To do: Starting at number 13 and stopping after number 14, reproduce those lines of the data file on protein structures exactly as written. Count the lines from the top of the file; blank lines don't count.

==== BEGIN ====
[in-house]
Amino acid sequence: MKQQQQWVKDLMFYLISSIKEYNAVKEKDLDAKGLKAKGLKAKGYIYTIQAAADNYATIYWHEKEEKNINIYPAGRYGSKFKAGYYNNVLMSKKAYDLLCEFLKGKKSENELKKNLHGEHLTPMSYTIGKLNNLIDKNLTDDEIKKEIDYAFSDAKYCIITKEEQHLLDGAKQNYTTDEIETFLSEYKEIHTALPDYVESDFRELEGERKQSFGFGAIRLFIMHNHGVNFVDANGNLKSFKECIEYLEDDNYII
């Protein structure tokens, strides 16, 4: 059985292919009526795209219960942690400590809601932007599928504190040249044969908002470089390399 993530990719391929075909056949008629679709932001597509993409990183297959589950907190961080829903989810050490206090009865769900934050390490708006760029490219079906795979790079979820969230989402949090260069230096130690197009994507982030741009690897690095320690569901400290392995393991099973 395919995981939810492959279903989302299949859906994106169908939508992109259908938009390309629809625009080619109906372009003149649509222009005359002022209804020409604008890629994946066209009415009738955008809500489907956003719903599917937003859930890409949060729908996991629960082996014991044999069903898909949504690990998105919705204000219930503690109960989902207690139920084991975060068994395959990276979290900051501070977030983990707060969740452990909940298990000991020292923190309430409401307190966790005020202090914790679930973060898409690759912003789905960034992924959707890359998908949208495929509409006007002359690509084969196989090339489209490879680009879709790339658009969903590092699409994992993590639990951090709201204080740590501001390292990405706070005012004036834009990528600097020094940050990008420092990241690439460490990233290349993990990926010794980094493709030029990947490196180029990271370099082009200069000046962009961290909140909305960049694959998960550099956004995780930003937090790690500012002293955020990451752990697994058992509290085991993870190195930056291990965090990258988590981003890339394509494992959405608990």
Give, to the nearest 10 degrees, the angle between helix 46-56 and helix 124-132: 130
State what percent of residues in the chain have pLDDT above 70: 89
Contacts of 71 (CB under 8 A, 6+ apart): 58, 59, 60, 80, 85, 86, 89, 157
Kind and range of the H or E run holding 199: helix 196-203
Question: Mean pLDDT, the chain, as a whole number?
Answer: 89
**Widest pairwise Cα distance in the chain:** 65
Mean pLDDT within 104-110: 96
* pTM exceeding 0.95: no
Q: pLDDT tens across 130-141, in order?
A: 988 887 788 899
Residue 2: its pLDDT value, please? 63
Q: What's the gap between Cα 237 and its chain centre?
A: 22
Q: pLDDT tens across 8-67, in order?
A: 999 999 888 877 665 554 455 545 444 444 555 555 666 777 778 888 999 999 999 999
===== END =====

Q: pLDDT tens across 130-141, in order?
A: 988 887 788 899